Another thing to keep in mind is that for wide exterior shots without vertical lines at the edge of the frame, one can use a wide-angle lens much more easily, since any distortions won't show up as much. It is a different game to do a close-up of a person with such a lens though, that needs much more care. Also each person'a face is different, some people look good with every lens, some only with a very specific lens.
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#6 Paul Bruening

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Posted 21 August 2005 - 12:19 PM

Hey Audiris,

While I am aware that you have much more cine experience than me and that I have grown to have a great deal of respect for you, I must beg to differ. I cut my teeth on film doing still portraiture and expanded to other subjects. Lens lengths and their particular characteristics are often overlooked by cine-folks because of the pressures and limitations of the director who only gets storytelling. I hate getting boxed in by a director so that I have to use a wide lens just to fit his angle requirements and tight locations.

There are a few technical hallmarks of "cheap" in movie making: Bad sound; bad lighting; too-wide lenses, being just a few. You can't always control those first two since they are so intimately tied to the budget, but avoid going with the overly wide lens. See if the director will do the scene with closer, intercut shots if the shooting space is tight. Long takes with a wide lens just stink of cheap in my book.

Lenses have a long established language of their own. Old time DPs shot on stages for little more reason (sound being one) than having the room to use the best lens for the take. They insisted on this so that viewers would not be taxed by odd images. It was felt that lenses which altered the sense of normallicy would compete for the attentions and harm the success of the story and suspension of disbelief (even though that's a modern term). While we work under an "anything goes" creative wolrd these days, I cling to the old world notions of lenses serving the story- not the other way around.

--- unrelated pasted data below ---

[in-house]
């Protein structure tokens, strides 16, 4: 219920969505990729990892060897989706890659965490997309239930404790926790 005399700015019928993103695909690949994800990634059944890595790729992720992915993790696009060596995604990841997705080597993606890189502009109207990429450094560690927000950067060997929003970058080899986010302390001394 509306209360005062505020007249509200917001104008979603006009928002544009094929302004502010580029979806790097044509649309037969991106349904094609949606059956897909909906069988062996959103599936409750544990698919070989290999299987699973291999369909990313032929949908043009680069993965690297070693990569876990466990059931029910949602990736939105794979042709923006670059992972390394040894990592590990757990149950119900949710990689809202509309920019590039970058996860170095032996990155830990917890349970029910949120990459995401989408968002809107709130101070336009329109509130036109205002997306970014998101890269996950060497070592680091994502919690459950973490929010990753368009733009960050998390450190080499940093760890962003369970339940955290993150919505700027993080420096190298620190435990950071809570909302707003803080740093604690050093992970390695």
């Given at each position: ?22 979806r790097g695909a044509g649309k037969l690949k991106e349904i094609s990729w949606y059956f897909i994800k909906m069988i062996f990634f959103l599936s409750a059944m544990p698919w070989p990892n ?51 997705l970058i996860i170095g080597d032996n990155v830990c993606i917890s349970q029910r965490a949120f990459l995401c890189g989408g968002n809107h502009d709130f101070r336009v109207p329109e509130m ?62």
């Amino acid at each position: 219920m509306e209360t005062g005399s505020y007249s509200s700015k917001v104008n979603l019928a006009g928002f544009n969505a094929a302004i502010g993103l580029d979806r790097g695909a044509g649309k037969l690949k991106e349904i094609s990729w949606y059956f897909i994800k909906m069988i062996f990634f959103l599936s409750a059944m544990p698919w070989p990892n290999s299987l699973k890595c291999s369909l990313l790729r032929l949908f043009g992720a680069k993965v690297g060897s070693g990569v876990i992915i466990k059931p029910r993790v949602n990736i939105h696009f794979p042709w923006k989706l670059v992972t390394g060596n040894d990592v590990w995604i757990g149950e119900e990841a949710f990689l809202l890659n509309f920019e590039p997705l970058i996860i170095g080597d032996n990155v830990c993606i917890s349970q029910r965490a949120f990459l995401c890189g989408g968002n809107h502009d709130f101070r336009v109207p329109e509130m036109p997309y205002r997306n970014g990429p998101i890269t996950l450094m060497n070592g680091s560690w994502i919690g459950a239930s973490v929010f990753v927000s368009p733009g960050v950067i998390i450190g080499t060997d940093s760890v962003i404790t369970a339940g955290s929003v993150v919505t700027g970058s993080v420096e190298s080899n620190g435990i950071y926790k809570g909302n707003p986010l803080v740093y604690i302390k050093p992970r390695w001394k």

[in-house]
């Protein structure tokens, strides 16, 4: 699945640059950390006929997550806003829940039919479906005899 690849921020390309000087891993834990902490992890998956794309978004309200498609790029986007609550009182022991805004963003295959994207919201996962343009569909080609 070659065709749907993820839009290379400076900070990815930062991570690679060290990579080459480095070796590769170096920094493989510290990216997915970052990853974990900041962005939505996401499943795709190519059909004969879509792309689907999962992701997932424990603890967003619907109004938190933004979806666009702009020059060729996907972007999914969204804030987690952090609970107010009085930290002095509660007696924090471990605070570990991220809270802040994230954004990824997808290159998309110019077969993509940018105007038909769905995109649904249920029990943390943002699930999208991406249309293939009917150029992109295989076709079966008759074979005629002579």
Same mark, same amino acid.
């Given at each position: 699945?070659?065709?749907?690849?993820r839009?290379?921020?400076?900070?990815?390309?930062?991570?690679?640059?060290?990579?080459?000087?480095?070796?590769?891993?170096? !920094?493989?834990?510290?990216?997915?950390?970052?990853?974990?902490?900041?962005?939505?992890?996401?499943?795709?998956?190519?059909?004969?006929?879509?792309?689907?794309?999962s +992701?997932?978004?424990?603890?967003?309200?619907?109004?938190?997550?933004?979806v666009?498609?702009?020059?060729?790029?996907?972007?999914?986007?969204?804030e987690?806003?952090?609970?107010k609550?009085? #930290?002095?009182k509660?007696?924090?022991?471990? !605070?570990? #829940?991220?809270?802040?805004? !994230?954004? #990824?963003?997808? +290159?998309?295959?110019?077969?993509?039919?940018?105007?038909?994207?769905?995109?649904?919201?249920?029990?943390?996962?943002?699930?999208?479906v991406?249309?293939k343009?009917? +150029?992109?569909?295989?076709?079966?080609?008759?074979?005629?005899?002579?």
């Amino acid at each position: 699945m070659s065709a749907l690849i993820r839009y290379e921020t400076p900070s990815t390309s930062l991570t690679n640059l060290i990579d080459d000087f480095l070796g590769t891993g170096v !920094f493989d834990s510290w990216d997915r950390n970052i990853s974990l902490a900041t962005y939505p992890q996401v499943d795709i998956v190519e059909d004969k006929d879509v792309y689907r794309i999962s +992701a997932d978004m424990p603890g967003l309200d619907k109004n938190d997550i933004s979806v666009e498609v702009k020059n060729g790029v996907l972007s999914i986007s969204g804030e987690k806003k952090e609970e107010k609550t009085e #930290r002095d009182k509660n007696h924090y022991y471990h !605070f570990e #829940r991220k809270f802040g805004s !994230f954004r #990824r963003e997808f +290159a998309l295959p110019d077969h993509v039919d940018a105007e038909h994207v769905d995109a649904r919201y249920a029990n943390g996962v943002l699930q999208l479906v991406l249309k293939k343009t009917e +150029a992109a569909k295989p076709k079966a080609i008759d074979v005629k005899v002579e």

For these reasons, the tried and true set of three has been set: Rarely wider than 35mm for wide, 50mm on everything except close-ups, and a 75mm to 100mm for facial close-ups (depending on DP's preferrence).

I know I sound like a stick-in-the-mud. But, I love the language of lenses and delight in the wisdom of those who have preceded me.
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#7 Max Jacoby

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Posted 21 August 2005 - 01:22 PM

That is actually what I said in my post as well, you cannot use any lens on any face (or shot). Just because a 16mm lens does not distort that much anymore doesn't mean you should use it all the time. Personally I am not a fan of wide lenses anyway, I like to use longer lenses in my work to guide the viewers eye. Rather than doing an establishing shot, I'd rather track to reveal space gradually, so that the audience can piece the surroundings together in their mind.